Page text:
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Gifford in 2006
|Born||October 18, 1946|
Chicago, Illinois, United States
Barry Gifford (born October 18, 1946)is an American author, poet, and screenwriter known for his distinctive mix of American landscapes and prose influenced by film noir and Beat Generation writers.
An author is the creator or originator of any written work such as a book or play, and is also considered a writer. More broadly defined, an author is "the person who originated or gave existence to anything" and whose authorship determines responsibility for what was created.
A poet is a person who creates poetry. Poets may describe themselves as such or be described as such by others. A poet may simply be a writer of poetry, or may perform their art to an audience.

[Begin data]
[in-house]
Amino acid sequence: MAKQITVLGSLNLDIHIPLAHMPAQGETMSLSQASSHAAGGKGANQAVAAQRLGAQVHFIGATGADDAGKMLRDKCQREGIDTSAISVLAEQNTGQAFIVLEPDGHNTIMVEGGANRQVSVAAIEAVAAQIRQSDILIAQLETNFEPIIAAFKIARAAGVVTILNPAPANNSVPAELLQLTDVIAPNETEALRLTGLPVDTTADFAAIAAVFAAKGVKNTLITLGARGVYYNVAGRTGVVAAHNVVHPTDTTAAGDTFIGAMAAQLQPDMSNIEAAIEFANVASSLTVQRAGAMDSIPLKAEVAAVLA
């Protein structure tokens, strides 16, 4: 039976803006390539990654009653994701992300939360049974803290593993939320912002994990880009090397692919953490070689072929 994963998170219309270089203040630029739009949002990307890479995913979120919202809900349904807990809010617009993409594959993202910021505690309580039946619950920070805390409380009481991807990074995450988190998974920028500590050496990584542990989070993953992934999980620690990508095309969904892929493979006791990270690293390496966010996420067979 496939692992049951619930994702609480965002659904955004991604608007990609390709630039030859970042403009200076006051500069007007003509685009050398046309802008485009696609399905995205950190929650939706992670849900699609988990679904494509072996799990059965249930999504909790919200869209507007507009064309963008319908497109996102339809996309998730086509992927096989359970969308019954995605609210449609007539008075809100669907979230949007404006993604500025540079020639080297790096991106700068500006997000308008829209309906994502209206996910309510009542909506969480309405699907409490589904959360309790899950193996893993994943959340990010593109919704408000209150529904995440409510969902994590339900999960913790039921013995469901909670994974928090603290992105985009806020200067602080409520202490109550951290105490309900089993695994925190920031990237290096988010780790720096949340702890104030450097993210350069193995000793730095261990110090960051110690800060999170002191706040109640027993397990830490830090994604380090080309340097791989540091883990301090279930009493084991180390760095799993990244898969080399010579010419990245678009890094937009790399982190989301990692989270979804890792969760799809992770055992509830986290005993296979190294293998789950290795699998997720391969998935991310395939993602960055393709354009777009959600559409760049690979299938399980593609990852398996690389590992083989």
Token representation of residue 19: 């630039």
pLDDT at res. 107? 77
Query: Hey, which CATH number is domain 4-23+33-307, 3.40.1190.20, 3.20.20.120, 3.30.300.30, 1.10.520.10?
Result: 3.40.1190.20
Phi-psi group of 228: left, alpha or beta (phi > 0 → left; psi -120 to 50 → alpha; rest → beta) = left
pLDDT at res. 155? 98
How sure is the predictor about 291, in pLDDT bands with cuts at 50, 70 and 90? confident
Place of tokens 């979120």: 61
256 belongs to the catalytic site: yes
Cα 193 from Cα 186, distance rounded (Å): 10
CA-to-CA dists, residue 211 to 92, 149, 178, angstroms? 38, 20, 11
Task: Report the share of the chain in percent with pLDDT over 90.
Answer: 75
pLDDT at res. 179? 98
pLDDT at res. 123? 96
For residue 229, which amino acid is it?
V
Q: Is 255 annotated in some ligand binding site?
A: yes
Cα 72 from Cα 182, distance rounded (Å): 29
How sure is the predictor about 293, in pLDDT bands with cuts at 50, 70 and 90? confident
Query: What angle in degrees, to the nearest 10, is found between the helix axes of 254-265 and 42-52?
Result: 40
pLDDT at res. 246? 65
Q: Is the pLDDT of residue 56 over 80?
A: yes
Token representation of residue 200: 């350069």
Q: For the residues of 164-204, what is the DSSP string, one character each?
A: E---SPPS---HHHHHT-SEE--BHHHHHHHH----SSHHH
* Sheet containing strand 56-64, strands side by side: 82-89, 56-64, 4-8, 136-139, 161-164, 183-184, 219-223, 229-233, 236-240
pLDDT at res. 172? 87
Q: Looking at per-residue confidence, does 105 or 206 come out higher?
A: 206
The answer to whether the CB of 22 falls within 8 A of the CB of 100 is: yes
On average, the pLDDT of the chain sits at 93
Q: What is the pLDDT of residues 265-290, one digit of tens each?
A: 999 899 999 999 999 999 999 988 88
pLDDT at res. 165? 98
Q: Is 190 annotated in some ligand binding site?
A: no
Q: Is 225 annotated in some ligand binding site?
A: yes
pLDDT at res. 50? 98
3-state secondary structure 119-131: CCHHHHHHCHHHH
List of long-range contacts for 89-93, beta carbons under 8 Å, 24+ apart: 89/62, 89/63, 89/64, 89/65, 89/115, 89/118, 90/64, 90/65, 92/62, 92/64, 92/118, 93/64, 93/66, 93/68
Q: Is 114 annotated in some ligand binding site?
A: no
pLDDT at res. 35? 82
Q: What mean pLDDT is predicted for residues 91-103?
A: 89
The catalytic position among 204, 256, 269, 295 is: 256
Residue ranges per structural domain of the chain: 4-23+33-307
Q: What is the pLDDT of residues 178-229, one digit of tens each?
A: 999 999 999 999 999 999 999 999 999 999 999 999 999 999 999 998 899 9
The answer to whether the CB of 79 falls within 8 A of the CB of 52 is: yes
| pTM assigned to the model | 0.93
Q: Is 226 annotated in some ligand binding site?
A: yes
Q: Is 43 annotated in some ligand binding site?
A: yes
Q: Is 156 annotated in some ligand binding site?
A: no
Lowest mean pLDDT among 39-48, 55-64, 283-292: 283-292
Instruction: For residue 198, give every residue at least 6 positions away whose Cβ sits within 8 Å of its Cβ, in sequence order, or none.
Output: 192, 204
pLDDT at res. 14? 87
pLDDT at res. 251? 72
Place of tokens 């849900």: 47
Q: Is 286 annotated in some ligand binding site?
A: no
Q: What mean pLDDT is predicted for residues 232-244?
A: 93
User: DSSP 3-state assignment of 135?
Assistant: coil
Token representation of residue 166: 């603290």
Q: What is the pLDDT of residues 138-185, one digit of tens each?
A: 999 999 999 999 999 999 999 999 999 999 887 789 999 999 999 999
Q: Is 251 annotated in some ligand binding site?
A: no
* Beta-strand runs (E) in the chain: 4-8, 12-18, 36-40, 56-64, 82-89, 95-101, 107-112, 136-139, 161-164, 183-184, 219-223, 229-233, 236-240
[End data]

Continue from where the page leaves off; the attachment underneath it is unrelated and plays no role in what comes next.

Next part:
A screenplay writer, scriptwriter or scenarist is a writer who practices the craft of screenwriting, writing screenplays on which mass media, such as films, television programs and video games, are based.
Gifford is best known for his series of novels about Sailor and Lula, two star-crossed protagonists on a perpetual road trip. Published in seven novels between 1990 and 2015, the Sailor and Lula series is described by professor Andrei Codrescu as written in "a great comic realist" style that explores "an unmistakably American universe [...] populated by a huge and lovable humanity propelled on a tragic river of excess energy."The first book of the series, Wild at Heart , was adapted by director David Lynch for the 1990 film of the same title. Gifford went on to write the original screenplay for Lost Highway (1997) with Lynch. Perdita Durango, the third book in the Sailor and Lula series, was adapted into a 1997 film by Alex de la Iglesia with a script co-written by Gifford.